As the granddaughter of an Italian woman who perhaps wore the label a bit too seriously, Sunday dinners were the rule. "Colorful" doesn't begin to describe those occasions, where I learned how to set a table AND curse under my breath in another language. While the memory presents the exact opposite of the Norman Rockwell idea of a family dinner, I remember them happily. Even when, as a chronically shy child, the evening was spent hiding underneath the safety of the damask tablecloth-draped table. To this day, I only remember certain relatives by their shins and shoes.
Though a long-forgotten grudge put a premature stop to that tradition, the idea of gathering family and friends to share a Sunday meal has seemingly fallen out of favor on the whole. Even if you're not the self-proclaimed matriarch of a lovingly dysfunctional family, these dinners need to make a comeback. It doesn't have to be elaborate, limited to family or even that formal. Whether you're entertaining two or twenty with cocktails, potluck or an all-out meal, here's the argument for bringing back this tradition.
A shared dinner table teaches children how to behave in polite society.
Chaloner Woods/Hulton Archive
Every time a 10-year-old eats spaghetti with his hands in public, the earth's axis tilts due to at least two generations spinning in their graves. While no one expects children to comport themselves like tiny barons and baronesses at the dinner table, there is nothing like the peer pressure of several adults to shame one into even the lamest attempts at politeness.
It's a good reason to put down the damn phone.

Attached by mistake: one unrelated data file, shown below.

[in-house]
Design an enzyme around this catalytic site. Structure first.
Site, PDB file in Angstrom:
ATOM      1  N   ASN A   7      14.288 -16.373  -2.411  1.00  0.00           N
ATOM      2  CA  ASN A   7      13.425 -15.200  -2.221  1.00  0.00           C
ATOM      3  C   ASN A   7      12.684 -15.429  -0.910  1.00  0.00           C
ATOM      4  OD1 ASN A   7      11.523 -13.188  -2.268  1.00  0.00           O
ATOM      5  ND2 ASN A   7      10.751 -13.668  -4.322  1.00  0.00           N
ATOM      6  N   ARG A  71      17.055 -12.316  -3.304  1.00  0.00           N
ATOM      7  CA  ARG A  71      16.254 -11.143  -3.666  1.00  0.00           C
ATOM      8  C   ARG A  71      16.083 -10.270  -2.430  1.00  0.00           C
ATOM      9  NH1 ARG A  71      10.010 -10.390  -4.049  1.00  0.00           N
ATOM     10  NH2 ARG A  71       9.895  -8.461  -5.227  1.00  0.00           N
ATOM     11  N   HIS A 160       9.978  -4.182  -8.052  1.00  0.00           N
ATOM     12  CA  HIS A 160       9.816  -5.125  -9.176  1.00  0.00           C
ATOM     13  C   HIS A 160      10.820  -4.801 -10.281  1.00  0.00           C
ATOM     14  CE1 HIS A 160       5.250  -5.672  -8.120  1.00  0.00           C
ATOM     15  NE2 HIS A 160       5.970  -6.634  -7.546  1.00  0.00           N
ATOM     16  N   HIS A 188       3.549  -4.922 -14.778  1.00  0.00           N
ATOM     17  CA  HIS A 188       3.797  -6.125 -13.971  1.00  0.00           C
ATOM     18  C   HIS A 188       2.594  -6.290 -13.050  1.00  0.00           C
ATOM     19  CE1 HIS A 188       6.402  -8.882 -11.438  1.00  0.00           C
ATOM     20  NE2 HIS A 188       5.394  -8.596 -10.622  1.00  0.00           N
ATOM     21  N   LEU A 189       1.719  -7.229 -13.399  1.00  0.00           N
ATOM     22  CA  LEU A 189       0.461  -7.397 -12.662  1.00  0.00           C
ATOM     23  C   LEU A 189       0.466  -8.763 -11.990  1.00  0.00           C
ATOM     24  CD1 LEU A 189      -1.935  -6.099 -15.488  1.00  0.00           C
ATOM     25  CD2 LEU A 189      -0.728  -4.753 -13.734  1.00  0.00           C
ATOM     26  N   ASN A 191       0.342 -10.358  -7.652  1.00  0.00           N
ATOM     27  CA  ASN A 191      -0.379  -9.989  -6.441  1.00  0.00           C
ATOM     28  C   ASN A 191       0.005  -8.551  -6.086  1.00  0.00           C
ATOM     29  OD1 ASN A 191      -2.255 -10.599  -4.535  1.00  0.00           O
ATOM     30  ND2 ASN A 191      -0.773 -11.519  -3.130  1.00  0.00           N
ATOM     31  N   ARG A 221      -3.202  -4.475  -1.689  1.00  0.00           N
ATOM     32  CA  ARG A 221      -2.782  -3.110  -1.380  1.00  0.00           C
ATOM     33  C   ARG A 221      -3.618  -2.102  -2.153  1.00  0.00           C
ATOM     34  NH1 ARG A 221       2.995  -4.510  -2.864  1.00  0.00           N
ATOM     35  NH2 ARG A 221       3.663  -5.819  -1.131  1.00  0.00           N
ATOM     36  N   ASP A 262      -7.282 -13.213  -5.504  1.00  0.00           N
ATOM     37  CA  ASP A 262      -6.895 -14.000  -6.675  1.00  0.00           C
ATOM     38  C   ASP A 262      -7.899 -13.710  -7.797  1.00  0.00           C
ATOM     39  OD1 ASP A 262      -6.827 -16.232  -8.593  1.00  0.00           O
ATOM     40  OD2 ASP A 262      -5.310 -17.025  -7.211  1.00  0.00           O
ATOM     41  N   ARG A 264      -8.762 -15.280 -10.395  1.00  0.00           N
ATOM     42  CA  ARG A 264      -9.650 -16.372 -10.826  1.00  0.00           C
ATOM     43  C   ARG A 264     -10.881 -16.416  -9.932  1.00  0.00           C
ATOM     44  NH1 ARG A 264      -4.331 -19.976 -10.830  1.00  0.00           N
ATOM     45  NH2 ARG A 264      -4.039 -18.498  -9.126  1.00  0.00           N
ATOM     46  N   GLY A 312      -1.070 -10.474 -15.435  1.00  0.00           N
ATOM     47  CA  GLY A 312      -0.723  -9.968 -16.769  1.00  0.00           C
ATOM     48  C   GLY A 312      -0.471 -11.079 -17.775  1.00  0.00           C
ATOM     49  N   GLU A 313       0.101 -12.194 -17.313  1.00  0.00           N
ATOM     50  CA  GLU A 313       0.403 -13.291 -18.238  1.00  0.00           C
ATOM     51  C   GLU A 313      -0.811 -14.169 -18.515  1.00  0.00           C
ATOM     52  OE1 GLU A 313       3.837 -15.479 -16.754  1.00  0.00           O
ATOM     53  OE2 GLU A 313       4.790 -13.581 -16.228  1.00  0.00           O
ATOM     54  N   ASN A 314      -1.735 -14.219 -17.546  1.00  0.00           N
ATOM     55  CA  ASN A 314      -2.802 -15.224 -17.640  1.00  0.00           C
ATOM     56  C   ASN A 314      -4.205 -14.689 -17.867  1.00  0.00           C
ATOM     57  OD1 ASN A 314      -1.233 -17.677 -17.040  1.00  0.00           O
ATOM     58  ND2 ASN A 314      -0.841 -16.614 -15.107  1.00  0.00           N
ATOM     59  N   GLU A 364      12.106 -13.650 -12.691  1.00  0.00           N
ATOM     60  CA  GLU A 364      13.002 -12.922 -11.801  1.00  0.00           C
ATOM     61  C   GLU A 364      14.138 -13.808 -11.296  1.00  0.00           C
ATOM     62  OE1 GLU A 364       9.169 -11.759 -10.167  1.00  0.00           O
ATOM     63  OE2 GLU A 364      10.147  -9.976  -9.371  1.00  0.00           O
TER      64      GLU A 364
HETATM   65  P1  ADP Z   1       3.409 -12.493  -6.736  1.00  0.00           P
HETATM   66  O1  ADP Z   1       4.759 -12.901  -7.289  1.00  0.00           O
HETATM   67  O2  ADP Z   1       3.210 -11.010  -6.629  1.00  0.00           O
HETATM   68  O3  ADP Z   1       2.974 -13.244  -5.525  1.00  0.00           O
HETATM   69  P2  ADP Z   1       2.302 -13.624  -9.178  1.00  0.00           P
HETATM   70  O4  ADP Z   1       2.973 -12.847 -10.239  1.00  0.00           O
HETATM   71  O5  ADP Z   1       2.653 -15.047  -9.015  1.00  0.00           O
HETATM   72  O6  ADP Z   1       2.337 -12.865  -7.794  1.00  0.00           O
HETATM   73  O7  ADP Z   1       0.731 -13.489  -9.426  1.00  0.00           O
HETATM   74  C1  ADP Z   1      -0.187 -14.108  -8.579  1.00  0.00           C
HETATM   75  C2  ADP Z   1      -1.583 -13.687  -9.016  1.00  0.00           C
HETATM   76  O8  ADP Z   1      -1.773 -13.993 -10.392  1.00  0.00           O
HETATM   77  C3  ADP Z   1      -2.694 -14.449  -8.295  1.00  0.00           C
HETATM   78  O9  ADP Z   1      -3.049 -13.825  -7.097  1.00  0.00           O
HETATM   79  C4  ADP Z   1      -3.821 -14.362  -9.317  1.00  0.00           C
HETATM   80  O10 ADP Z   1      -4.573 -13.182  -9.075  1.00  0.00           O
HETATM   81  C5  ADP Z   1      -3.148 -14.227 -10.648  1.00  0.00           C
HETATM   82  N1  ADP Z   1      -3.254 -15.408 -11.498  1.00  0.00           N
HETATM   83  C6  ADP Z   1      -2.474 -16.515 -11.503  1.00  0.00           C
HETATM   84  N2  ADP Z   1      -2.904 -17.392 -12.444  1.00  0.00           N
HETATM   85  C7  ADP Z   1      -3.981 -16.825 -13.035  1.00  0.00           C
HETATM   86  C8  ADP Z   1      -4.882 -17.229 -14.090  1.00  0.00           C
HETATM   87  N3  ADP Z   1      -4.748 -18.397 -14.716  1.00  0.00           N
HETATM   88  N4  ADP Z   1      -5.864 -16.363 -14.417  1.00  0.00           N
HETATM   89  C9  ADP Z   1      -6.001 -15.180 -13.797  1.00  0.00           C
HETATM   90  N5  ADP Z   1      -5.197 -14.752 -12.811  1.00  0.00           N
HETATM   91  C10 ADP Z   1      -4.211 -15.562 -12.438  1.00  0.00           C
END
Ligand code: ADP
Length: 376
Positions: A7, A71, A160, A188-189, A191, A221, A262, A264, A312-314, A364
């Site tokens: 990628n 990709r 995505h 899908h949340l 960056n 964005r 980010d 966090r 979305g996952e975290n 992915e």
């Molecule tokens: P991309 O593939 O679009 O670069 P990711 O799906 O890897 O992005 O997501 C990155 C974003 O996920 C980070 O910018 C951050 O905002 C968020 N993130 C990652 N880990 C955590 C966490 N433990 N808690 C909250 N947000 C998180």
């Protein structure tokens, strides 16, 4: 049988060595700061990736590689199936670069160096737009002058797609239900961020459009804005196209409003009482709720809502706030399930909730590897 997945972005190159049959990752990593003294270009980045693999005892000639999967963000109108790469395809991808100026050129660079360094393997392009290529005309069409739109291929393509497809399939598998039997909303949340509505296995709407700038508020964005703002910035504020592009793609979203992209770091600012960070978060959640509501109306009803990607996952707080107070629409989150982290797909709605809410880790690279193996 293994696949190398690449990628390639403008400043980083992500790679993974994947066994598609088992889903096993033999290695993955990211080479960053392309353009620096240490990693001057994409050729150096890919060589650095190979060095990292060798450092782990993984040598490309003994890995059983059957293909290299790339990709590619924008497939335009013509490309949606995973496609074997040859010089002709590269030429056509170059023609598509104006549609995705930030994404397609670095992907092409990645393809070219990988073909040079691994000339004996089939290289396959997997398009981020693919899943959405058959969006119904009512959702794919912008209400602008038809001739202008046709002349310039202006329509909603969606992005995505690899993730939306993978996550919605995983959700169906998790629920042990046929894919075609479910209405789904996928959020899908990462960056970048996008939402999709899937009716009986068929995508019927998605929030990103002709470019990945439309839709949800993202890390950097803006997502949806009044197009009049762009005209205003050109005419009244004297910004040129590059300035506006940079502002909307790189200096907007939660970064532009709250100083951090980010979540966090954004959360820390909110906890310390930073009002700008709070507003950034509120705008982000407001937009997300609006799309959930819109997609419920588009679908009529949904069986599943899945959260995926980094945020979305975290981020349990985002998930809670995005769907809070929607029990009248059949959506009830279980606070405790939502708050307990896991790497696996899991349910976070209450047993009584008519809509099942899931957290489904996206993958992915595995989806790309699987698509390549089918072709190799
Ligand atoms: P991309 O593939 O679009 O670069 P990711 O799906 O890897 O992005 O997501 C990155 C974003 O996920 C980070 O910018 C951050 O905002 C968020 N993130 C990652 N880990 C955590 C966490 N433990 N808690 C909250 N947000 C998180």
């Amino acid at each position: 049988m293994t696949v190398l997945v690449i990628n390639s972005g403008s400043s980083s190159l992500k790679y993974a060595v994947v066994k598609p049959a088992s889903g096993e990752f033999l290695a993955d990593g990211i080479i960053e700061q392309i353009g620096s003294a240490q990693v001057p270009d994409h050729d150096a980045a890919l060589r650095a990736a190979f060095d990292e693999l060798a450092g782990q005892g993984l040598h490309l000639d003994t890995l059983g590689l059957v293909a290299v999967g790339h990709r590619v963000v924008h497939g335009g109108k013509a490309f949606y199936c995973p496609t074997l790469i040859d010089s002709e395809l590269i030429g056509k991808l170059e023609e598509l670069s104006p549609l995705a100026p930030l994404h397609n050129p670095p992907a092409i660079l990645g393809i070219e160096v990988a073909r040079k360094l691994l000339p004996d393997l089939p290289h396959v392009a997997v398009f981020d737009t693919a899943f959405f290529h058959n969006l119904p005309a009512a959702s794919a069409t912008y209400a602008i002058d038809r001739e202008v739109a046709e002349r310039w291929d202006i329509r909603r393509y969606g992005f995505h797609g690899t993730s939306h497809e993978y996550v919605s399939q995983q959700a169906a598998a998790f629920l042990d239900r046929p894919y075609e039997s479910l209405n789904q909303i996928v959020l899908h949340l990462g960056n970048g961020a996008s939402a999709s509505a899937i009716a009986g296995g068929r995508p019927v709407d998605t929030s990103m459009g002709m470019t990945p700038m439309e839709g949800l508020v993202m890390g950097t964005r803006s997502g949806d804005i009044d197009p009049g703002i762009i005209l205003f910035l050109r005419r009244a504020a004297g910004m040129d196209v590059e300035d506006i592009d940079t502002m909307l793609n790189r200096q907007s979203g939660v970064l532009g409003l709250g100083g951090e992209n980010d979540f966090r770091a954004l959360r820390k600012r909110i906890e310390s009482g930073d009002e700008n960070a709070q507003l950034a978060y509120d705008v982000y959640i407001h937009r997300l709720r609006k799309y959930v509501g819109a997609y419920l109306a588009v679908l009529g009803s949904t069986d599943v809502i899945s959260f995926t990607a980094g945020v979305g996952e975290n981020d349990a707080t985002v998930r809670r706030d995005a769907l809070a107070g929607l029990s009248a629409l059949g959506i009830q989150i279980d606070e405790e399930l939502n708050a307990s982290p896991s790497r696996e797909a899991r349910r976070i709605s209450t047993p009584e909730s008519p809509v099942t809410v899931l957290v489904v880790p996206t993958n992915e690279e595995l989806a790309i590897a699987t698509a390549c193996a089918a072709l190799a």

Tom Kelley Archive/Retrofile
As I sat at the table with my significant other, I realized, in horror, that we had become "that couple" who mindlessly checks their phones during downtime. I nearly pitched both of our devices into the nearest body of water. Instead of pretending like we were in touch with friends by clicking a "like" button as if we were monkeys in a lab experiment, it became clear that seeing them in person is by far better for those relationships.
It's cheaper than going out.
The cheapest way to have a Sunday dinner is potluck, of course. However, some of us have the type of friends whose schedule and cooking ability leads to them bringing dozens of bottles of wine and maybe a few bags of chips. If that's the case, it is still, by far, cheaper to make a meal than to dial up a group reservation. A pasta dish, a meat option and a vegetable dish covers your bases. You can always order a pizza or whatever takeout floats your boat. No matter what, staying out of a restaurant will always be the cheaper option for group entertaining.
It's a good reason to bring out your "good stuff."
Some of us hoard fine vintage china rescued from a thrift store, while others have nicer dishes that came into their lives via registry or gift. There's no sense in letting it sit in storage -- use it for once. That's what it's there for. It feels good to create a nice atmosphere for other people.
A Sunday dinner lessens the malaise that comes from knowing that that tomorrow is Monday.
Sunday nights are often spent thinking of all the work that's due the next day and what you haven't accomplished with your weekend. It's not a lovely way to spend your free time. A happy occasion gives you something to look forward to, distracting you from it being Sunday night and eases you into the new week.
No one overstays their welcome.
Thurston Hopkins/Hulton Archive
A common complaint among would-be hosts is that guests can often linger long after the party's over. On Sundays, though, we all know that the next day will be an early one.
It makes for good memories.
In a decade, you won't remember the meal you ate in phone-hypnotized silence (unless you had a dazzling case of food poisoning afterwards). But you might remember the time you tried to roast a chicken breast-side-down and it took so long to cook, you had to order a pizza to make up for it. Or, when your grandmother accidentally had too much wine and decided to serenade everyone, startling you so much you nearly choked on a potato. Even failures become fond memories in the nostalgia filter that is the human brain.